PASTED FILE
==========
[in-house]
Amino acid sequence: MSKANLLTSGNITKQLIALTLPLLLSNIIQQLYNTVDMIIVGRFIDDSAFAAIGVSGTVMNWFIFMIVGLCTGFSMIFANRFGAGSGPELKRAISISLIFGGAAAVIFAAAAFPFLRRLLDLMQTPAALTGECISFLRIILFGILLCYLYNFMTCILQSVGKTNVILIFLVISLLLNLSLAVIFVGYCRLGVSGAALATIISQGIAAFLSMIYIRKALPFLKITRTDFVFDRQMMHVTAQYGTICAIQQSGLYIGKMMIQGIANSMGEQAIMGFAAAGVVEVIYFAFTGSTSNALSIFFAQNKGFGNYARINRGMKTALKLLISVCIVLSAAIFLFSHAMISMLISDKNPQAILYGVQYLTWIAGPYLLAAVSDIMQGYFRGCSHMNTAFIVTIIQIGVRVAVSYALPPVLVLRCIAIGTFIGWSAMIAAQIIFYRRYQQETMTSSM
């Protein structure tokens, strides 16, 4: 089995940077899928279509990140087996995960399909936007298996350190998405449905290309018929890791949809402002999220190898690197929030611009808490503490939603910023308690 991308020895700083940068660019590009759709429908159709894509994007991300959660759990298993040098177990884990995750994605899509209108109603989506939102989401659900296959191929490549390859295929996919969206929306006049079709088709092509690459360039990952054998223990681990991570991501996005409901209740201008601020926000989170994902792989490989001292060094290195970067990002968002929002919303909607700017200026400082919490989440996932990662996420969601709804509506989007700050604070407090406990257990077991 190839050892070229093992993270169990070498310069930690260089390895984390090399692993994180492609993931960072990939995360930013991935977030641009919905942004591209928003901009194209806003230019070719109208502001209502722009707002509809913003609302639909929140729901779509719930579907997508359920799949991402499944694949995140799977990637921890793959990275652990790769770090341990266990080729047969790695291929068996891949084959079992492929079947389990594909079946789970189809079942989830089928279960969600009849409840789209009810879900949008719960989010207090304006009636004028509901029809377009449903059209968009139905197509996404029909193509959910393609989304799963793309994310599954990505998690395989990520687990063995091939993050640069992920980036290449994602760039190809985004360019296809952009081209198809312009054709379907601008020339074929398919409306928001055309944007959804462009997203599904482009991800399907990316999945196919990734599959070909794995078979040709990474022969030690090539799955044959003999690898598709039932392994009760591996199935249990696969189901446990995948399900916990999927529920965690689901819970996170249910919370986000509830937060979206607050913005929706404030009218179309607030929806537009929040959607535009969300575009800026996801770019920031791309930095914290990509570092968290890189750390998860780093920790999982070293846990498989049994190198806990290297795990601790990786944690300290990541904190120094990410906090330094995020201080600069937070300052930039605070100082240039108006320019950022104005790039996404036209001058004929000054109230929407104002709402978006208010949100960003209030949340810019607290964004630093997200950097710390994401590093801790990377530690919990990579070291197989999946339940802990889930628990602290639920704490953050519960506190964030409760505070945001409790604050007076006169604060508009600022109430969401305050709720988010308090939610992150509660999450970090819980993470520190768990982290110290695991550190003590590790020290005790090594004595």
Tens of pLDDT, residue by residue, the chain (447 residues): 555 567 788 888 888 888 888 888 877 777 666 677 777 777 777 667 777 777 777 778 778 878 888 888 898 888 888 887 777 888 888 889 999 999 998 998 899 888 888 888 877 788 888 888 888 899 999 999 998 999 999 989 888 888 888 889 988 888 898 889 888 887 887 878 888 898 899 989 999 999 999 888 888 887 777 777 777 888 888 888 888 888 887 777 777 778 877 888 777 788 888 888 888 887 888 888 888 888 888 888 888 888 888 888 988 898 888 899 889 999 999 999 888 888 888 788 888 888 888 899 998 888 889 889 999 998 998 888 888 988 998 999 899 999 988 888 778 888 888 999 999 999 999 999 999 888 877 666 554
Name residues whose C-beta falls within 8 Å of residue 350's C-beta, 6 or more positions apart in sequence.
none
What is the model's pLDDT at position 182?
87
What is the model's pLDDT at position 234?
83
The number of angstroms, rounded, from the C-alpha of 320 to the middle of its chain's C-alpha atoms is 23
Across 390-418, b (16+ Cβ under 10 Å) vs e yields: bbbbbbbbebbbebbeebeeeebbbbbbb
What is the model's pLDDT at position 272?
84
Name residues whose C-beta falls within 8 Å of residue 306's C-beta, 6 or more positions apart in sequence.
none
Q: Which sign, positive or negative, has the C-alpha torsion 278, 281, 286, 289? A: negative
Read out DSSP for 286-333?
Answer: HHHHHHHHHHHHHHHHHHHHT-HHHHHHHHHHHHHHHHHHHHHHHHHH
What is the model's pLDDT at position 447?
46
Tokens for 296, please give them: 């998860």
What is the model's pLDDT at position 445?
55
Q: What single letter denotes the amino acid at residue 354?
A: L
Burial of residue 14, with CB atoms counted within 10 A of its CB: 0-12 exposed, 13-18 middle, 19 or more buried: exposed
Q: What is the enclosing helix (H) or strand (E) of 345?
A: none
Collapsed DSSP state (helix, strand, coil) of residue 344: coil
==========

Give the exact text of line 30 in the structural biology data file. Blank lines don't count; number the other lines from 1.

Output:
Collapsed DSSP state (helix, strand, coil) of residue 344: coil